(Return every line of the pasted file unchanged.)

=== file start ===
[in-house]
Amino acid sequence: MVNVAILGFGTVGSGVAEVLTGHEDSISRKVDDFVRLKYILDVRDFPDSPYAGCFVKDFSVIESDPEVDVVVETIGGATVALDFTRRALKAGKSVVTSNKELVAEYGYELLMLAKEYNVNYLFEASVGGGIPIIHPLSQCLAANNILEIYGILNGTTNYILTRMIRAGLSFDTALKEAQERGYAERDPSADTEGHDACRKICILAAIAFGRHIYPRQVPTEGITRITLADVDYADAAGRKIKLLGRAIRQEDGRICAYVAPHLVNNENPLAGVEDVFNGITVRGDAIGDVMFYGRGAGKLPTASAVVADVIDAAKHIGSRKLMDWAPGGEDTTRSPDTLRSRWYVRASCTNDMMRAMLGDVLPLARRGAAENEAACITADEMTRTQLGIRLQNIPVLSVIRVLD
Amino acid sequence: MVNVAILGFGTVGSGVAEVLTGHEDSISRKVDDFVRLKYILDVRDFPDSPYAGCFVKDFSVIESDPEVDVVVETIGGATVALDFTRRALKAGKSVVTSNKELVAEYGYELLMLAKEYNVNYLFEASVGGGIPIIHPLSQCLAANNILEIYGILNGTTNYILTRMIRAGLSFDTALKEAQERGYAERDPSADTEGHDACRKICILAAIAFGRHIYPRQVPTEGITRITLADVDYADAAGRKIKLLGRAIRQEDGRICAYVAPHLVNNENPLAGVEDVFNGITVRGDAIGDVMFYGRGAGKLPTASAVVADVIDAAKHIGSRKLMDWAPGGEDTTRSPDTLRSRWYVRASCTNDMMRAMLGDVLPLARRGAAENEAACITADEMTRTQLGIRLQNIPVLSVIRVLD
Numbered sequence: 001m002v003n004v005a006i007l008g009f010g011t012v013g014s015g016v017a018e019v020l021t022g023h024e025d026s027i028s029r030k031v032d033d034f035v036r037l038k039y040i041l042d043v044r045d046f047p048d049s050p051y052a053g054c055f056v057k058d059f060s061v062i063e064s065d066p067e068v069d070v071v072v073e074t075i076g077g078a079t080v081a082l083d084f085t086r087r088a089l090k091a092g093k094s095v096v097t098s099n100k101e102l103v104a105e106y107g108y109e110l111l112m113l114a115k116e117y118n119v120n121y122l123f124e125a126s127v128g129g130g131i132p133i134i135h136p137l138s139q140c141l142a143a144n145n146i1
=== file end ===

[in-house]
Amino acid sequence: MVNVAILGFGTVGSGVAEVLTGHEDSISRKVDDFVRLKYILDVRDFPDSPYAGCFVKDFSVIESDPEVDVVVETIGGATVALDFTRRALKAGKSVVTSNKELVAEYGYELLMLAKEYNVNYLFEASVGGGIPIIHPLSQCLAANNILEIYGILNGTTNYILTRMIRAGLSFDTALKEAQERGYAERDPSADTEGHDACRKICILAAIAFGRHIYPRQVPTEGITRITLADVDYADAAGRKIKLLGRAIRQEDGRICAYVAPHLVNNENPLAGVEDVFNGITVRGDAIGDVMFYGRGAGKLPTASAVVADVIDAAKHIGSRKLMDWAPGGEDTTRSPDTLRSRWYVRASCTNDMMRAMLGDVLPLARRGAAENEAACITADEMTRTQLGIRLQNIPVLSVIRVLD
Amino acid sequence: MVNVAILGFGTVGSGVAEVLTGHEDSISRKVDDFVRLKYILDVRDFPDSPYAGCFVKDFSVIESDPEVDVVVETIGGATVALDFTRRALKAGKSVVTSNKELVAEYGYELLMLAKEYNVNYLFEASVGGGIPIIHPLSQCLAANNILEIYGILNGTTNYILTRMIRAGLSFDTALKEAQERGYAERDPSADTEGHDACRKICILAAIAFGRHIYPRQVPTEGITRITLADVDYADAAGRKIKLLGRAIRQEDGRICAYVAPHLVNNENPLAGVEDVFNGITVRGDAIGDVMFYGRGAGKLPTASAVVADVIDAAKHIGSRKLMDWAPGGEDTTRSPDTLRSRWYVRASCTNDMMRAMLGDVLPLARRGAAENEAACITADEMTRTQLGIRLQNIPVLSVIRVLD
Numbered sequence: 001m002v003n004v005a006i007l008g009f010g011t012v013g014s015g016v017a018e019v020l021t022g023h024e025d026s027i028s029r030k031v032d033d034f035v036r037l038k039y040i041l042d043v044r045d046f047p048d049s050p051y052a053g054c055f056v057k058d059f060s061v062i063e064s065d066p067e068v069d070v071v072v073e074t075i076g077g078a079t080v081a082l083d084f085t086r087r088a089l090k091a092g093k094s095v096v097t098s099n100k101e102l103v104a105e106y107g108y109e110l111l112m113l114a115k116e117y118n119v120n121y122l123f124e125a126s127v128g129g130g131i132p133i134i135h136p137l138s139q140c141l142a143a144n145n146i1